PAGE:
The unification with systemd is so that you as a daemon developer only have to write one single unit file that then will work across all different distributions that use systemd, it has nothing to do with limiting your choice in configuration. There should be no less choice in configuration of systemd for you as an administrator than what you already have with SysVInit. You can run what ever scripts from the unit files that you want. I would very much like to hear why you think that systemd lessens your configurability.

Comment Re: And a big reduction in manageability... (Score 1) 110

It's not always 0, it's only 0 of everything went ok for the things that the "systemctl start" command is concerned which is that it could schedule the service to be activated. This is just the way that the "modern" init launches like systemd, solaris smf, osx launchd and the upcoming new launcher for BSD (which I don't know the name for) works. With these you no longer run a shell script but instead schedule an event to occur and if that event does not occur, then it can wait some time and then try again (respawning failed services is one feature of systems like this) and thus there is a different way of finding out if a service is currently running or not.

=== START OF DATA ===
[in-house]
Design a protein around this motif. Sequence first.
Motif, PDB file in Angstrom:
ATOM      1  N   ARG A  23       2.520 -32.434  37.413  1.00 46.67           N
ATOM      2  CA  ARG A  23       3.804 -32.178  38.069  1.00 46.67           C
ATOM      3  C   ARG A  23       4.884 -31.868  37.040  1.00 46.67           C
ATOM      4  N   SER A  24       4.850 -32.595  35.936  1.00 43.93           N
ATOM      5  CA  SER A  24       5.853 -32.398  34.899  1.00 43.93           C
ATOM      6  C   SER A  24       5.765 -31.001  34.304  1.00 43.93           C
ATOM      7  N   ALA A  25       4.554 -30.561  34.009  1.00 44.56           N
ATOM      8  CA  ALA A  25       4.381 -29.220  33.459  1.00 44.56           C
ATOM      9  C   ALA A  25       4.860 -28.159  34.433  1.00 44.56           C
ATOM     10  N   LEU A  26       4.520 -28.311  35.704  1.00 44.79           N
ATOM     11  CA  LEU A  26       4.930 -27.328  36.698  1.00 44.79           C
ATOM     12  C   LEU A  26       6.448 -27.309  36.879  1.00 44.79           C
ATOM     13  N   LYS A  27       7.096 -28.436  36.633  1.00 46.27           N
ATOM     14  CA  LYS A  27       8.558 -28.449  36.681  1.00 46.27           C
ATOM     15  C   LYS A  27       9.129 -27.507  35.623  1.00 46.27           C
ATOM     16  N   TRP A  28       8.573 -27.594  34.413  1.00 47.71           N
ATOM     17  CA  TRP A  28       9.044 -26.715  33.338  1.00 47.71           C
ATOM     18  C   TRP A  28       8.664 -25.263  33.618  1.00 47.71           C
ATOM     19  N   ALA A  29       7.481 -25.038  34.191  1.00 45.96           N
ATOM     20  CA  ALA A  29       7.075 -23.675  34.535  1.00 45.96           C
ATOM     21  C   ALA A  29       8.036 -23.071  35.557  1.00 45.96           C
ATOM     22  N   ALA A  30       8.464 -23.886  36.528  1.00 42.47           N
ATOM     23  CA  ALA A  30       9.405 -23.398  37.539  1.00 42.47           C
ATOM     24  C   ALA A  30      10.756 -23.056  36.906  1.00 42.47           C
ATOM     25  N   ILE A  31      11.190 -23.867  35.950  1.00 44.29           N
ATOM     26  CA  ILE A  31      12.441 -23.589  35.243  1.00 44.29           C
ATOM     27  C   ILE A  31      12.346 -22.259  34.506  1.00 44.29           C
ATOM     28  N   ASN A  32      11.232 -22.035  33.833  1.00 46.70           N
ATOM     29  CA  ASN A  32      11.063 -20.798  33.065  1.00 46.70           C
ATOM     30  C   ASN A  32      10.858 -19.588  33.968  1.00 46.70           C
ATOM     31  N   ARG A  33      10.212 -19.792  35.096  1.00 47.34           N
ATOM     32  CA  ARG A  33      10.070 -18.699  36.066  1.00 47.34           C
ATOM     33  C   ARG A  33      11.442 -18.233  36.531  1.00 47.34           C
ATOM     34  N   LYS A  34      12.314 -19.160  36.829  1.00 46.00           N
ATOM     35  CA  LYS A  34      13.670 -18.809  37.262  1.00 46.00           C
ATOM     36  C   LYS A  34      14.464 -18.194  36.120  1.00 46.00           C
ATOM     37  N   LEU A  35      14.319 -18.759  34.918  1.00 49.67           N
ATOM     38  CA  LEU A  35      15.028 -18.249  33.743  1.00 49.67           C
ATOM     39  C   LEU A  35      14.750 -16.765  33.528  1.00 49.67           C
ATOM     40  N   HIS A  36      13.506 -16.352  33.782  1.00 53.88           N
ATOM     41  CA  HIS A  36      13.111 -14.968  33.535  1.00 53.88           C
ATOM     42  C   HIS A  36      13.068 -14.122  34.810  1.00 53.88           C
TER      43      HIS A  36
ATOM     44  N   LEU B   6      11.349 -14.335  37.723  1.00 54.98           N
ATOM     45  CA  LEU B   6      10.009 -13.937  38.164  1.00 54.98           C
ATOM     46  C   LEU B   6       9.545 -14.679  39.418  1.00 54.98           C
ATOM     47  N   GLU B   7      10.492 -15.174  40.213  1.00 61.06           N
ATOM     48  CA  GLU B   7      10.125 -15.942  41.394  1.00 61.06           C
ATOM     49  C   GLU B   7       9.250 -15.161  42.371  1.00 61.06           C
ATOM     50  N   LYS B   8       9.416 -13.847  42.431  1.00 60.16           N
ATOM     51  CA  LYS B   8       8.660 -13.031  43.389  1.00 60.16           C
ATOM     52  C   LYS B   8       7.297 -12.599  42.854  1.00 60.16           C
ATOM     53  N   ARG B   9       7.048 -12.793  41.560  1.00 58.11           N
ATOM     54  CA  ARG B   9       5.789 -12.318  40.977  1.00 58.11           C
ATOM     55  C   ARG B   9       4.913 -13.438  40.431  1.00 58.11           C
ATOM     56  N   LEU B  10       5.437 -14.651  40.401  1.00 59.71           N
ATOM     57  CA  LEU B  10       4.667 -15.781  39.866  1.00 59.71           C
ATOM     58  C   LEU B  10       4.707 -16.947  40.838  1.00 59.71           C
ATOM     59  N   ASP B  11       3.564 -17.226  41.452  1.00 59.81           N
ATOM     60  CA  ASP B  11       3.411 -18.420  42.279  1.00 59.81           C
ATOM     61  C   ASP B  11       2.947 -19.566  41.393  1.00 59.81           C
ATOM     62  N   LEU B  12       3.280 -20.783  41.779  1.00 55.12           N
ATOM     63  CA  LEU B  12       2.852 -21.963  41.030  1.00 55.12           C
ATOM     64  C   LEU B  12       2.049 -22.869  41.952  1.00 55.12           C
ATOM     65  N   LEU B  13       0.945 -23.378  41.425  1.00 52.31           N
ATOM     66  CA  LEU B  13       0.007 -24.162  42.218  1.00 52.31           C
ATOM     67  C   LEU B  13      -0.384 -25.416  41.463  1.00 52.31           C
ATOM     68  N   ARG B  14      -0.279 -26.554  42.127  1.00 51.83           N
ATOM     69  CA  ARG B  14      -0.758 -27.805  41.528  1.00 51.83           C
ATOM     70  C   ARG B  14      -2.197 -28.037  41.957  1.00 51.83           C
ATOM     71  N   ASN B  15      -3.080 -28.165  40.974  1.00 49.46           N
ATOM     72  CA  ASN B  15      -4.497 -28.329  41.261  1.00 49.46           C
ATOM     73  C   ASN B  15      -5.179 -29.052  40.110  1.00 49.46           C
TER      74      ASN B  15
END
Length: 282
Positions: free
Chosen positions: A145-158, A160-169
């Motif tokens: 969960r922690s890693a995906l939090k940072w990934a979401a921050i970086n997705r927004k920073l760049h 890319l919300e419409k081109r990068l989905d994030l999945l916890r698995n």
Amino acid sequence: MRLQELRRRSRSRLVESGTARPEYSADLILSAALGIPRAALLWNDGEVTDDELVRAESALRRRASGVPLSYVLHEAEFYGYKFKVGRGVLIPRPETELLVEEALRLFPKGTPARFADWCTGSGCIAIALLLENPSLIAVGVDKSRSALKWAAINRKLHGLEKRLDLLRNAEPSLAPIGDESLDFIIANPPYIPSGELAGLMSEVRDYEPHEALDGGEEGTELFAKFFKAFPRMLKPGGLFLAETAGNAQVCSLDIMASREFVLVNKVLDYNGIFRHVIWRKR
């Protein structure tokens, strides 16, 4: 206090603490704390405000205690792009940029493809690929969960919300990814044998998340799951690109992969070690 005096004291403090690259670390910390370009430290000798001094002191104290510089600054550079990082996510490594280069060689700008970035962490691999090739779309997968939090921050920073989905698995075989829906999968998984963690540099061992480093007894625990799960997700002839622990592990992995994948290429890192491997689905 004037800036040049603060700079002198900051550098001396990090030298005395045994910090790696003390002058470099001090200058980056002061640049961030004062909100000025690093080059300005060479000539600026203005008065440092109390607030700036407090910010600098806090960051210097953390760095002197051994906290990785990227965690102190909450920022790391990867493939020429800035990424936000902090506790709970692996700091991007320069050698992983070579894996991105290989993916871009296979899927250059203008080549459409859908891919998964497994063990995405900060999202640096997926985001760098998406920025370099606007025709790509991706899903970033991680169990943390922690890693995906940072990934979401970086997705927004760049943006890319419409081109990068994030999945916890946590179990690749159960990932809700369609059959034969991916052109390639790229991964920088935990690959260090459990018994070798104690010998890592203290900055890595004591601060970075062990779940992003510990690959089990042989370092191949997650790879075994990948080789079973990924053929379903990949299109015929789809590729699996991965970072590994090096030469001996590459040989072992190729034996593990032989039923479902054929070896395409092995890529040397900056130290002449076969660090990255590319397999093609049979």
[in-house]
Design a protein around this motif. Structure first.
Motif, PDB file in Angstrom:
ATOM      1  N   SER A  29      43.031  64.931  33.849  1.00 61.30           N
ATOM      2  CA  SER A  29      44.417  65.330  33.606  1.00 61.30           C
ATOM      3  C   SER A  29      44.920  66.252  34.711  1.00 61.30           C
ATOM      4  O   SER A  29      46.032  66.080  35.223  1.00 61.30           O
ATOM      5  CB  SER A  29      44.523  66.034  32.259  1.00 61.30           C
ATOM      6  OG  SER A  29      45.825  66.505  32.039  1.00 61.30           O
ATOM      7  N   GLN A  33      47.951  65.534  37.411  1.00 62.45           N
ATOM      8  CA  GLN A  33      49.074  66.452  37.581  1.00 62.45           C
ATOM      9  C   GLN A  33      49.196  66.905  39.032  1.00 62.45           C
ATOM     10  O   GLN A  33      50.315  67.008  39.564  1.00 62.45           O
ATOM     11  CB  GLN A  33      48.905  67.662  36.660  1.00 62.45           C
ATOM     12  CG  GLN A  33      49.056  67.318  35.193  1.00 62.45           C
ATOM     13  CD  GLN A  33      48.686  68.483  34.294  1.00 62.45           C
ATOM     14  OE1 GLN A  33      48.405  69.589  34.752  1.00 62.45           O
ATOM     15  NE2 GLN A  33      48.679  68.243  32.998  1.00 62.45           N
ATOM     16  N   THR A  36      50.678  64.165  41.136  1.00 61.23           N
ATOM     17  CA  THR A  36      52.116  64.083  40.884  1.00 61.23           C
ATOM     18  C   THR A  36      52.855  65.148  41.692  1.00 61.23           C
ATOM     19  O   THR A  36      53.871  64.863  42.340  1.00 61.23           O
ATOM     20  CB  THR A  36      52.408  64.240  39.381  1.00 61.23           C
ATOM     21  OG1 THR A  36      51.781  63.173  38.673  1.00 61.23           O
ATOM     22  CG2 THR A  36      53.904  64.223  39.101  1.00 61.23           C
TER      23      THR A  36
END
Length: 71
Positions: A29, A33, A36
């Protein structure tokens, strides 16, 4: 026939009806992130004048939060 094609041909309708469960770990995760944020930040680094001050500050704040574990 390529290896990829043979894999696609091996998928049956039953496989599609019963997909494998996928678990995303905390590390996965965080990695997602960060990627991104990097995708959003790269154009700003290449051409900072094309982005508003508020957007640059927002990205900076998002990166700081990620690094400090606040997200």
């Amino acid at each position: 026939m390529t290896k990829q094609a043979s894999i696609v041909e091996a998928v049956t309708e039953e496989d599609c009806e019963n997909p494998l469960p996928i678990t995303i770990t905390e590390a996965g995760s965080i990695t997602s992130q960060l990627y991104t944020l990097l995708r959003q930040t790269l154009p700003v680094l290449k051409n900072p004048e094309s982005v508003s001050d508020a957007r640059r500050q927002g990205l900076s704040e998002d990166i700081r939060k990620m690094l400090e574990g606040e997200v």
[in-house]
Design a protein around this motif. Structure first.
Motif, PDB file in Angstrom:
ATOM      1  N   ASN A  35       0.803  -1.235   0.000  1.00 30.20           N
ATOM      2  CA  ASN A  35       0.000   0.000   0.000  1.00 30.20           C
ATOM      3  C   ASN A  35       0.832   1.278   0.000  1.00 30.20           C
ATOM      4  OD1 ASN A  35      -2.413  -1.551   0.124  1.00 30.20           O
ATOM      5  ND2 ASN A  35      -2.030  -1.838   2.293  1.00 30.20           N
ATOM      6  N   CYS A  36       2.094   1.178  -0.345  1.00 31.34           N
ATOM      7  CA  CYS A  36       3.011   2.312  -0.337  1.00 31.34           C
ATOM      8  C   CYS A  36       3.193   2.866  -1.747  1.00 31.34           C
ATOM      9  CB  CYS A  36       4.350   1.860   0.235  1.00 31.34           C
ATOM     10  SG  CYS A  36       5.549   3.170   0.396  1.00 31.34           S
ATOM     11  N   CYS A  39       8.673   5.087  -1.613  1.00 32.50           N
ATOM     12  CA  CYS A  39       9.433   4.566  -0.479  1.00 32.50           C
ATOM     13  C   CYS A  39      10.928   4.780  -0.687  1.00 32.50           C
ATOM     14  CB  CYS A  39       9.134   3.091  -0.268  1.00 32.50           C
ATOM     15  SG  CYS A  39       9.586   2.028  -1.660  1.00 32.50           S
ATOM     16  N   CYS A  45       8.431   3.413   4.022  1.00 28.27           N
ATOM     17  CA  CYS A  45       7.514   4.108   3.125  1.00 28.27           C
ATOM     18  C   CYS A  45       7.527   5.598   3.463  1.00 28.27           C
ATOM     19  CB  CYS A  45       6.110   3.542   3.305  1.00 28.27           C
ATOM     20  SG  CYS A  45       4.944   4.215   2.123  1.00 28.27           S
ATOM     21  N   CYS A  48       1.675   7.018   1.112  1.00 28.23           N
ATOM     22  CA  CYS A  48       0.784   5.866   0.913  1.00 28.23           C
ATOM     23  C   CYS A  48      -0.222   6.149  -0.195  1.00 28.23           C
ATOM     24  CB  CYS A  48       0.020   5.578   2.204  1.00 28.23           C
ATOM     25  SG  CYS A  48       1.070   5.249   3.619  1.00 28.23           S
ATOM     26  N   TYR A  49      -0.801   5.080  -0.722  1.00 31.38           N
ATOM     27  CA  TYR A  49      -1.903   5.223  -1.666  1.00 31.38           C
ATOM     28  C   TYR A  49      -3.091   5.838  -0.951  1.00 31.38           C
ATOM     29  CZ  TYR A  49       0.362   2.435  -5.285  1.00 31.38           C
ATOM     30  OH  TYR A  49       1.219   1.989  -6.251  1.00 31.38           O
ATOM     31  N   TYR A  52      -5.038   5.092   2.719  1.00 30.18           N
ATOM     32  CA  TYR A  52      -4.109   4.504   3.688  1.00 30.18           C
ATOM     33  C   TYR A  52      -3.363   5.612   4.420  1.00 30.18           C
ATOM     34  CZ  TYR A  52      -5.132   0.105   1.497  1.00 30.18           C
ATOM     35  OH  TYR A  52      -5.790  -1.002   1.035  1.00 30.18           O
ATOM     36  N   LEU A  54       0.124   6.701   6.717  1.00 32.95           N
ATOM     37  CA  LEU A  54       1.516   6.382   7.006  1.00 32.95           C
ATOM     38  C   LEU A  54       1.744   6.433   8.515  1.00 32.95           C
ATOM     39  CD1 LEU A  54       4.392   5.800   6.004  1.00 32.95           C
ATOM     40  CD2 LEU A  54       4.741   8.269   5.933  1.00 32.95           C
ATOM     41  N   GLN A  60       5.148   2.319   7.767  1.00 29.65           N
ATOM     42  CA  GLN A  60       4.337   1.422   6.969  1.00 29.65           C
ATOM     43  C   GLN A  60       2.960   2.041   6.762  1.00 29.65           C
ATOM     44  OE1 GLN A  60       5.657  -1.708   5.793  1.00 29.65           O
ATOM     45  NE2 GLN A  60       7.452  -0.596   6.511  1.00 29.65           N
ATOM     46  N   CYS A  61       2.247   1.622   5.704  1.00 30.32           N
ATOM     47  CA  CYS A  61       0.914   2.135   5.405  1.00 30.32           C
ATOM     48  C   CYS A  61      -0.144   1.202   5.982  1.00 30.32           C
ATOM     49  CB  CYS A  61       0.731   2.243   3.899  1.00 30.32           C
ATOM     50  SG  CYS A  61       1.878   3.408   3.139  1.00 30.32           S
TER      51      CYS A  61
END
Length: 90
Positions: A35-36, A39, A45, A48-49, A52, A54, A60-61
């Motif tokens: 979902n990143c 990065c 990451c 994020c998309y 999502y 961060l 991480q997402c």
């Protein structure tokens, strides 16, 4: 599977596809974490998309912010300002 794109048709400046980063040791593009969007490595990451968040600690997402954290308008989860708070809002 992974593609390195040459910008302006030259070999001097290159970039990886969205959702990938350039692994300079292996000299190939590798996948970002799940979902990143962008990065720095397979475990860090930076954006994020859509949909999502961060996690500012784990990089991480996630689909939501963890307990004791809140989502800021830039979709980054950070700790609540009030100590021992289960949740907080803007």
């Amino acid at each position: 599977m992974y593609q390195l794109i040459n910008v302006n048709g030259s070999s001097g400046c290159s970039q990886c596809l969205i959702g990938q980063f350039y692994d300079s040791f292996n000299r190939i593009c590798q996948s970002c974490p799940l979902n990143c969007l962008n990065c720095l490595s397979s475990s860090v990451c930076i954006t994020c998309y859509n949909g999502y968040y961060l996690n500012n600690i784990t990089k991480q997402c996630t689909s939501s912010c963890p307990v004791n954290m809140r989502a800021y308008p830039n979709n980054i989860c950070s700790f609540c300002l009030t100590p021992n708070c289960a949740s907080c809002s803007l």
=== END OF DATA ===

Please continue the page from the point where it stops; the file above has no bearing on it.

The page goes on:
With SysVInit there was no guarantee that the service would be running after it returned 0 since the service could encounter an error sometime after it forked (and that happens a lot I can tell you) so even there one really cannot use the exit code of "service xx start" but you have to do a "ps ax | grep xx" dance, or if the service was smart enough so store it's pid in a file you had to do that dance instead. So once people just calm down and get used to systemd they will probably discover that they now have a generic way to see if services are running and so on. And we need better unit files, the mysqld one is completely insane with the use of mysqld_safe since what that script does, systemd already does better, so it's completely useless not to mention that it makes mysqld to not log to the "correct" places.